Federal-credit assistance programs like the Transportation Infrastructure Finance and Innovation Act (TIFIA) program, which provides assistance in the form of direct loans, loan guarantees, and standby lines of credit to finance surface transportation projects of national and regional significance, were also mentioned.
House Transportation & Infrastructure Committee Chairman James Oberstar (D-MN) and other members of the subcommittee noted that while bonding and federal-credit assistance programs have been helpful in prolonging the life of the HTF, the only way to create a sustainable source of funding would be to reauthorize the highway program with a concrete funding source, such as an increased gasoline tax.
Unfortunately, the hearing produced few innovative ideas on how to fund a multiyear highway reauthorization bill with substantial new investment to meet our nation's growing infrastructure needs.
While AED supports raising user fees to fund highway investment in the near term, all options should be on the table to ensure the viability of the HTF for years to come. AED will continue to push Congress to pursue innovative financing methods to fund a multiyear highway bill sooner rather than later.
View a summary of the hearing subject from the Highways and Transit Subcommittee here.
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Oberstar introduces bill to broaden the scope of the Clean Water Act|
On April 21, House Transportation & Infrastructure Committee Chairman James Oberstar (D-MN) introduced the America's Commitment to Clean Water Act (H.R. 5088). The legislation seeks to expand the scope of the Clean Water Act (CWA) following two Supreme Court decisions, which, according environmental groups, greatly reduced the application of the law to far fewer bodies of water than Congress originally intended when the CWA was enacted.
Supreme Court decisions in 2001 and 2006 held that CWA protections only applied to "navigable waters," which according to the Court, does not include rivers that are completely within one state's borders, seasonally dry lakes and creeks, and other bodies of water not connected to larger water systems.
H.R. 5088 would remove the term "navigable waters" from the Clean Water Act, replacing it with "waters of the United States." Unfortunately, a seemingly small change could allow the Environmental Protection Agency to regulate many more "waters" than currently permitted.
In fact, the phrase "waters of the United States" is so broad that the Clean Water Act could be interpreted to apply to storm water ponds, ditches, irrigation and drainage systems, and constructed water features. Of course, this could mean more regulations, more paperwork, and more bureaucratic hoops to jump through before development or construction can occur near such "waters."
A similar bill, the Clean Water Restoration Act (S. 787), was approved by the Senate Environment & Public Works Committee last year and awaits consideration by the full Senate.
AED is joining forces with our construction and aggregate industry allies in educating lawmakers about the substantial consequences and uncertainty that will result if H.R. 5088, in its current form, becomes law.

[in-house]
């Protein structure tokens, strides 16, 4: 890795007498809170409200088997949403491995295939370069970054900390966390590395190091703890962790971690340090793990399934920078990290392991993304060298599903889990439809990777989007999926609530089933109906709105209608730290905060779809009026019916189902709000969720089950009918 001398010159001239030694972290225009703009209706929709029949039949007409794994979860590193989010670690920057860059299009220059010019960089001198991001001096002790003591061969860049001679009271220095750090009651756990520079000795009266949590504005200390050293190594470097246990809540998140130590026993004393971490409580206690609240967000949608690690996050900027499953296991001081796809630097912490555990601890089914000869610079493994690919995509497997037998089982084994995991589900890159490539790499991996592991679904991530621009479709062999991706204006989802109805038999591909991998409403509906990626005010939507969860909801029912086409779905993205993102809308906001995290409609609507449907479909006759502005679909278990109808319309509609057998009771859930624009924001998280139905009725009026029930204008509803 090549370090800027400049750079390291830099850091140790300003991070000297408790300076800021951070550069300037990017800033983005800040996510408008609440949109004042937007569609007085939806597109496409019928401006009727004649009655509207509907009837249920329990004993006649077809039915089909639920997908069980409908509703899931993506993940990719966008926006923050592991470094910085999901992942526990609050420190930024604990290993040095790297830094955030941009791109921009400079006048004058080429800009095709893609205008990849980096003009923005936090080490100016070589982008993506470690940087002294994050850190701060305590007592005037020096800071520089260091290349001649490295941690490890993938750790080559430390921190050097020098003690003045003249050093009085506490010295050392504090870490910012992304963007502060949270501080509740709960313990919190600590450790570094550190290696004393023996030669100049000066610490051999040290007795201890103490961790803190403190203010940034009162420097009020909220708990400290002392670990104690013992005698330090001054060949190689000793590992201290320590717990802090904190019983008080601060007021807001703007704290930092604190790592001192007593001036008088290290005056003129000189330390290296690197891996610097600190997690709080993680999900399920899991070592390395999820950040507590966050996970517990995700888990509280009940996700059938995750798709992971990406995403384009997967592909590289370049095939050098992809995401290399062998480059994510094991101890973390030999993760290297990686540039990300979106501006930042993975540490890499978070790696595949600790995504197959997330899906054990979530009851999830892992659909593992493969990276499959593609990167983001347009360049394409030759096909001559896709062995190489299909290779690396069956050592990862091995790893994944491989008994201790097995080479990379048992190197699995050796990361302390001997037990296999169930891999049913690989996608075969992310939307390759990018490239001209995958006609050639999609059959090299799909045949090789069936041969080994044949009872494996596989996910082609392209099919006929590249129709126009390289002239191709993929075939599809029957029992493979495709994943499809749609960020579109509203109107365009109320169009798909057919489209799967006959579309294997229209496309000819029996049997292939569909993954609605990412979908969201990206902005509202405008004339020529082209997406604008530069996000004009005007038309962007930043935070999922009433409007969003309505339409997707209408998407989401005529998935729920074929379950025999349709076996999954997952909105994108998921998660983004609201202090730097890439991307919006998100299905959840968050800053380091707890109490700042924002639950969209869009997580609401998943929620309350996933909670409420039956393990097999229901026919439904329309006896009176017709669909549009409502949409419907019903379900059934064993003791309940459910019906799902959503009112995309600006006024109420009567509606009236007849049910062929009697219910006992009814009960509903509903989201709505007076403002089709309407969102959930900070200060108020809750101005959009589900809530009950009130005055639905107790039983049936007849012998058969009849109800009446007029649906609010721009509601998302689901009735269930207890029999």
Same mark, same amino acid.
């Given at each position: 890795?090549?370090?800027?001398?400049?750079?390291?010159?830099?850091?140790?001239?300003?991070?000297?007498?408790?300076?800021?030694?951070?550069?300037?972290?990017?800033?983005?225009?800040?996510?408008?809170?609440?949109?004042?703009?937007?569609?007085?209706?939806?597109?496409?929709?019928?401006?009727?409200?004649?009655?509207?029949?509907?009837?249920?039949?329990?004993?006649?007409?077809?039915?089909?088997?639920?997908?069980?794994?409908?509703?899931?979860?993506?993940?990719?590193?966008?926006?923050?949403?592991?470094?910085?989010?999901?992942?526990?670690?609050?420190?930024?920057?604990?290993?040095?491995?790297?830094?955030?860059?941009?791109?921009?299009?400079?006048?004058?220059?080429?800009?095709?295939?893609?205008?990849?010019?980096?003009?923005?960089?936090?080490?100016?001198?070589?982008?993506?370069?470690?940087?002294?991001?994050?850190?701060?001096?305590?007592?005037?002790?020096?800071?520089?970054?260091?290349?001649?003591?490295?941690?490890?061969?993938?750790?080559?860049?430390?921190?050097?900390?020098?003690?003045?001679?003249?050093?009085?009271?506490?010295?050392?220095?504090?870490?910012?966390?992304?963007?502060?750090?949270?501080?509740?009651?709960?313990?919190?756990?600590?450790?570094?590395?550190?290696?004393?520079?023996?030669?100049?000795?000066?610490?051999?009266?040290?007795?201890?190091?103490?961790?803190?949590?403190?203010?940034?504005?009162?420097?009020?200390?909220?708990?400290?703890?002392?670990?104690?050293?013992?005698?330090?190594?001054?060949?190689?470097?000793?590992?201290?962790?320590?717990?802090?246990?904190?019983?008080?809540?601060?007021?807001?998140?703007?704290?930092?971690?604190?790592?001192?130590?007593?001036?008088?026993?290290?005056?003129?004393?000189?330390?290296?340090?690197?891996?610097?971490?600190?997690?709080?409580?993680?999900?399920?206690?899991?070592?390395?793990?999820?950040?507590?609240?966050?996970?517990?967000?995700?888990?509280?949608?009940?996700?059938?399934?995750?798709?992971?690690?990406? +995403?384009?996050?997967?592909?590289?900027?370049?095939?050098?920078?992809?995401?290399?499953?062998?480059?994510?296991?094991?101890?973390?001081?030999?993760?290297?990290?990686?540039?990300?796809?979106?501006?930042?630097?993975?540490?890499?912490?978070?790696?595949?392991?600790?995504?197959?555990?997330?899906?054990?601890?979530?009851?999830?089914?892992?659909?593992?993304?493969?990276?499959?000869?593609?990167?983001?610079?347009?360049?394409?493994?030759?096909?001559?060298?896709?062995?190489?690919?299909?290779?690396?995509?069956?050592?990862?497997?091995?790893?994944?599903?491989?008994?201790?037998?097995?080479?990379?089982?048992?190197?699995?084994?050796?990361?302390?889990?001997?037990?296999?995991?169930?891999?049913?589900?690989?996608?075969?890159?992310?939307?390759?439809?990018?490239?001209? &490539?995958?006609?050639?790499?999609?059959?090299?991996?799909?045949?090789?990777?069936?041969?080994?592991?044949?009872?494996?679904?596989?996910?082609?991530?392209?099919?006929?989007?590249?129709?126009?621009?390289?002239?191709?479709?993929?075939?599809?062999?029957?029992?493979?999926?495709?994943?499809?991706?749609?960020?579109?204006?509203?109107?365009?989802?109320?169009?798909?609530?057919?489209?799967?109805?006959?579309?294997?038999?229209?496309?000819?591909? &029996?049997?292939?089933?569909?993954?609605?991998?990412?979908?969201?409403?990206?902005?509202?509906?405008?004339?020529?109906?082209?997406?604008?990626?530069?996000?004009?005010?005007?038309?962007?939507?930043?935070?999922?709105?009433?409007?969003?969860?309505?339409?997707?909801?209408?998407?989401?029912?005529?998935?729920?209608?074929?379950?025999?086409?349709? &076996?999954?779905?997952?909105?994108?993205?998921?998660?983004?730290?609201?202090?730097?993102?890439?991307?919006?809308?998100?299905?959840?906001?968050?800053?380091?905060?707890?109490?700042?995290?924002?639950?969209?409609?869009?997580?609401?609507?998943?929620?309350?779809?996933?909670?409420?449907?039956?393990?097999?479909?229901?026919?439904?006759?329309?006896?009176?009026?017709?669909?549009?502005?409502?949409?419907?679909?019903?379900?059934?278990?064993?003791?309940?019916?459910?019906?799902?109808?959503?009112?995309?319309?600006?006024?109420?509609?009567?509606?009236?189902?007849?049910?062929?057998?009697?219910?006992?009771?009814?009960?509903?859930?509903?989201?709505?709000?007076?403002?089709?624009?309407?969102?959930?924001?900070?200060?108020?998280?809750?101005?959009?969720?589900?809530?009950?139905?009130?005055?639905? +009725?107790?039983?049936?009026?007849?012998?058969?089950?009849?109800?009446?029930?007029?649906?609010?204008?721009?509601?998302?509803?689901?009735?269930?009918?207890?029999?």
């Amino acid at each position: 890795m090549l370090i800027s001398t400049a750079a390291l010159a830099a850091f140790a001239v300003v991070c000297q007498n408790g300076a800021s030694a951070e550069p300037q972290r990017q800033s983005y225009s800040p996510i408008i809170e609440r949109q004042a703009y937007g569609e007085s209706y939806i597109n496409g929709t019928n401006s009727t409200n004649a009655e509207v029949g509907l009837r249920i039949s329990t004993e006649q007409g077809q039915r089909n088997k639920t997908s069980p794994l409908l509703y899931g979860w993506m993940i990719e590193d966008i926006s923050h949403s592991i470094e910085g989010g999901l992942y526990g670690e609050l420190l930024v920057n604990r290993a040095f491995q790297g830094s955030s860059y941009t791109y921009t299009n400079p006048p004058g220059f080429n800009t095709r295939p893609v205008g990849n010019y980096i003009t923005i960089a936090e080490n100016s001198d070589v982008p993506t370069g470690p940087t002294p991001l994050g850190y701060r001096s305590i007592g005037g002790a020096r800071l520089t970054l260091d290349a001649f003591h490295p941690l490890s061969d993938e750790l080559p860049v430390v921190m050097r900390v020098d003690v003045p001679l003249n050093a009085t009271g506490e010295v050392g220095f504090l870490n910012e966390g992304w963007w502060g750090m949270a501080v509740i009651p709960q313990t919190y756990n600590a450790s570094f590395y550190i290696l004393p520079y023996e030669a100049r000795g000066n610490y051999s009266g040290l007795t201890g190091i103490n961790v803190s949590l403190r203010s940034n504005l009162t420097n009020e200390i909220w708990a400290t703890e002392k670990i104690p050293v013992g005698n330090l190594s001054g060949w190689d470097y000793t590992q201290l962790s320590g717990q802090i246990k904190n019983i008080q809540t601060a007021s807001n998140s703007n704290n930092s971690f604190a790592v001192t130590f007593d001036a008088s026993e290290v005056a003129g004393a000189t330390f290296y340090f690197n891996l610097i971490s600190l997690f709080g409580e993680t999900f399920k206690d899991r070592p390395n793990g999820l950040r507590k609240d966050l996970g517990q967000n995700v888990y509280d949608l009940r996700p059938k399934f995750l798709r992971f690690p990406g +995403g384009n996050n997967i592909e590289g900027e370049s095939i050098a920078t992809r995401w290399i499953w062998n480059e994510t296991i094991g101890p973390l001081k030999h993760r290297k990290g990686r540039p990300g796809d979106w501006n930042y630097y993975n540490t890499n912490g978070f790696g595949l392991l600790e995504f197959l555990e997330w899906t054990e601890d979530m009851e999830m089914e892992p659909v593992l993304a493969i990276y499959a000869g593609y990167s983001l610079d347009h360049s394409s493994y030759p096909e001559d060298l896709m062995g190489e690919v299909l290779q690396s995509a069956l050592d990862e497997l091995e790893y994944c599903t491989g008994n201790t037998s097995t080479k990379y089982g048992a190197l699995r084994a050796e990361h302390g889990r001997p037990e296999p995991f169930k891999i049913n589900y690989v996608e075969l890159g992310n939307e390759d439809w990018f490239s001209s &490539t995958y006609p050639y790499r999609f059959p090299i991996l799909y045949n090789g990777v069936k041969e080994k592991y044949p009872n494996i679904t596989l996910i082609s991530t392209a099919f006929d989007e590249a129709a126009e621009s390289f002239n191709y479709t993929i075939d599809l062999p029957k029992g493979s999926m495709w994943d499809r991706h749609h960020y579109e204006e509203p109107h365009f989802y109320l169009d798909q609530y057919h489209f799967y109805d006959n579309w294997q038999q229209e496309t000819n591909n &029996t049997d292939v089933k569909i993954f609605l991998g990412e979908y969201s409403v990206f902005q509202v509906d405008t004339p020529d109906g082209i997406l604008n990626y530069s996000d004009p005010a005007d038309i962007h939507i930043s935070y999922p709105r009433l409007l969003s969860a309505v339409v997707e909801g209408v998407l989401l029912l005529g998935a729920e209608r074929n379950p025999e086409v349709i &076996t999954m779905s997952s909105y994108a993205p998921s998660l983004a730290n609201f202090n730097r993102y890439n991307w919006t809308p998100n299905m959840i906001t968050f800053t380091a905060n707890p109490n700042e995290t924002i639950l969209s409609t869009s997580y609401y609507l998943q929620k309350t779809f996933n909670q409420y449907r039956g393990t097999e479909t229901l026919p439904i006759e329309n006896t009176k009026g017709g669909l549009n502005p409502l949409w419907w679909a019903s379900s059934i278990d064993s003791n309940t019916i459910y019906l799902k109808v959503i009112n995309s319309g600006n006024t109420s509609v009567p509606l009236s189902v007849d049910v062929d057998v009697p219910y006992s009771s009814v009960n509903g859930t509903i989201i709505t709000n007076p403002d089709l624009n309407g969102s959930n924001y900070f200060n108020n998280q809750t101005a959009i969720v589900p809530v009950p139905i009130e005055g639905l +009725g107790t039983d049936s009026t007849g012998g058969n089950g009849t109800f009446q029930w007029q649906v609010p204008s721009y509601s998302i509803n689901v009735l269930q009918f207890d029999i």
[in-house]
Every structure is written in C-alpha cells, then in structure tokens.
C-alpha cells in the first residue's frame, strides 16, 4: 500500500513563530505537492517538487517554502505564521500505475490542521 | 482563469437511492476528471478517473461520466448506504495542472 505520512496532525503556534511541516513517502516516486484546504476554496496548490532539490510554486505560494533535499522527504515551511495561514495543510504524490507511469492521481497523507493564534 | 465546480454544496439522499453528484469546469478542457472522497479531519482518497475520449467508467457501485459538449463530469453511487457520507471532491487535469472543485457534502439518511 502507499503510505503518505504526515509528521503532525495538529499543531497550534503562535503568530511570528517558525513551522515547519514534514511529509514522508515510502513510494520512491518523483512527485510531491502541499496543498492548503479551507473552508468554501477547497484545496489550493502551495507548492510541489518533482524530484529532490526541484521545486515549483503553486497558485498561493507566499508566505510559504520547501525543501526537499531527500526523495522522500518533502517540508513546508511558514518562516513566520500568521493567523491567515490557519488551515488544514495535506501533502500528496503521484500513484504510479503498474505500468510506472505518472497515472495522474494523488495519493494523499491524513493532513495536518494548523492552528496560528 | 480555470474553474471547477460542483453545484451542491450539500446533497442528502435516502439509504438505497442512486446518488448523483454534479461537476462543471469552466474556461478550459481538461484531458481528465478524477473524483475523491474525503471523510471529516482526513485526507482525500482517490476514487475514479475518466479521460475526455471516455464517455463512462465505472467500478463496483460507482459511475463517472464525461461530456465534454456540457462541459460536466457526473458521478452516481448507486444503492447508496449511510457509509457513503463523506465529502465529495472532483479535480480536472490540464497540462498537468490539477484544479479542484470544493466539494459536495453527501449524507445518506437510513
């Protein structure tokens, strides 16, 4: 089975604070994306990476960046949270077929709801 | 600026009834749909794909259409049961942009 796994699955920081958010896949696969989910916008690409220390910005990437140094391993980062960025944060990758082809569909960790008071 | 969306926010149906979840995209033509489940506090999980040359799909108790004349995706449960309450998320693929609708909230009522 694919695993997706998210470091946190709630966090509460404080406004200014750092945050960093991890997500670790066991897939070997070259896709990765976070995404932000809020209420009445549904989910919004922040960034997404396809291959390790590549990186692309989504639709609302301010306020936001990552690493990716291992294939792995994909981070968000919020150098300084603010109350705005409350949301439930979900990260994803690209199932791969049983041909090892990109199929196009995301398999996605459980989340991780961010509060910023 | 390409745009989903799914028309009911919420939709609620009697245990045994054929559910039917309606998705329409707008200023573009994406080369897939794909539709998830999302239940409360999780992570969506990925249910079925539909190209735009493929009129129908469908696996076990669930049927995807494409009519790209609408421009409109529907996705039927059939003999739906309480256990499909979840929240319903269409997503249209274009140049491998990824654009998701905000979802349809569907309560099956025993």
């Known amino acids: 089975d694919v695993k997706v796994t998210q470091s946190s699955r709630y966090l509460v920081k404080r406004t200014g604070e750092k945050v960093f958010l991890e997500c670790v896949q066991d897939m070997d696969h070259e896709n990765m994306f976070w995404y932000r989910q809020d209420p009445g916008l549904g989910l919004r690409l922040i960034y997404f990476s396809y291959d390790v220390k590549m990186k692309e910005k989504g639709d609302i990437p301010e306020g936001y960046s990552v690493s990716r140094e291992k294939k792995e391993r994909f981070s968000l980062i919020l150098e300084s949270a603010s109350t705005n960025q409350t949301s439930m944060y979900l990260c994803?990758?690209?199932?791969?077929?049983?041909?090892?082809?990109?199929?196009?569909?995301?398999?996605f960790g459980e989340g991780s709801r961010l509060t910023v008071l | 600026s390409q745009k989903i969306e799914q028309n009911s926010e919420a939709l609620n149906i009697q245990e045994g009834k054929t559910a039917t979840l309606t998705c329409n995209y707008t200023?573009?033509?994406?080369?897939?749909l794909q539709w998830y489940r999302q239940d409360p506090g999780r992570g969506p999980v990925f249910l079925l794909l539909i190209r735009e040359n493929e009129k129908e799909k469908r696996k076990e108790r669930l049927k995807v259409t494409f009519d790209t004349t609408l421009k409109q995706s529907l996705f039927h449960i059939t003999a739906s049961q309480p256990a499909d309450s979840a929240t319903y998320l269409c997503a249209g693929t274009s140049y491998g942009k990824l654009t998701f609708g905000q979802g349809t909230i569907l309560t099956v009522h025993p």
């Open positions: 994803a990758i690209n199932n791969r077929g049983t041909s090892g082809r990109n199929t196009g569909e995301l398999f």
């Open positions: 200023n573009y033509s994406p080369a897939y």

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Chamber hosts infrastructure index workshops|
The U.S. Chamber of Commerce is in the process of developing a set of indicators that collectively reflect performance expectations (the degree to which transportation, energy, broadband and water systems serve U.S. economic and multilevel business community objectives). Those indicators will be combined into indexes for transportation, energy, broadband, and water, and a composite infrastructure index.
The indexes will be used to make the case for improving and increasing investment in transportation, energy, broadband and water systems and to demonstrate how infrastructure is important to the business community and the overall economic health of our nation.
The Chamber is traveling the country to solicit insights and expertise from business leaders on their infrastructure index project. AED President and CEO Toby Mack attended the workshop in Chicago.
If you are interested in joining the Chamber for a free lunch and a discussion on how you use infrastructure to keep costs low, be competitive and grow, the remaining workshop dates and locations are:
This is a great opportunity for equipment distributors to shape the future of the infrastructure debate. RSVP by contacting Andrew Brady at firstname.lastname@example.org.
- Houston, TX, Westin Galleria, 5060 West Alabama, May 13, 2010, Noon to 4:30 p.m.
- San Jose, CA, The Fairmont, 170 South Market Street, May 20, 2010, Noon to 4:30 p.m.
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Start Us Up USA! coming to Des Moines|
The next Start Us Up USA! rally to build support for highway reauthorization and the equipment industry recovery agenda will take place Friday, May 7 at 4 p.m. at the Iowa State Capitol Building in Des Moines.
The event, which is being organized by the Iowa-Nebraska Equipment Distributors and Iowa-Nebraska Equipment Dealers Association, will feature an array of equipment idled by the equipment industry depression, as well remarks by local and national industry leaders, including AED President and CEO Toby Mack.
INED-INEDA has also made a media buy on WHO Radio to run a 30-second commercial starting next Monday and running throughout the week.
Several leading Iowa equipment companies (dealers and manufacturers) are providing equipment and other support for the event. If you're an Iowa AED member who wants to participate in the rally and provide equipment, please contact INED Director of Government Affairs Will Rogers at email@example.com or 1-800-622-0016.
For more about Start Us Up USA!, a grassroots campaign co-sponsored by AED and the Association of Equipment, go to http://www.StartUsUpUSA.com.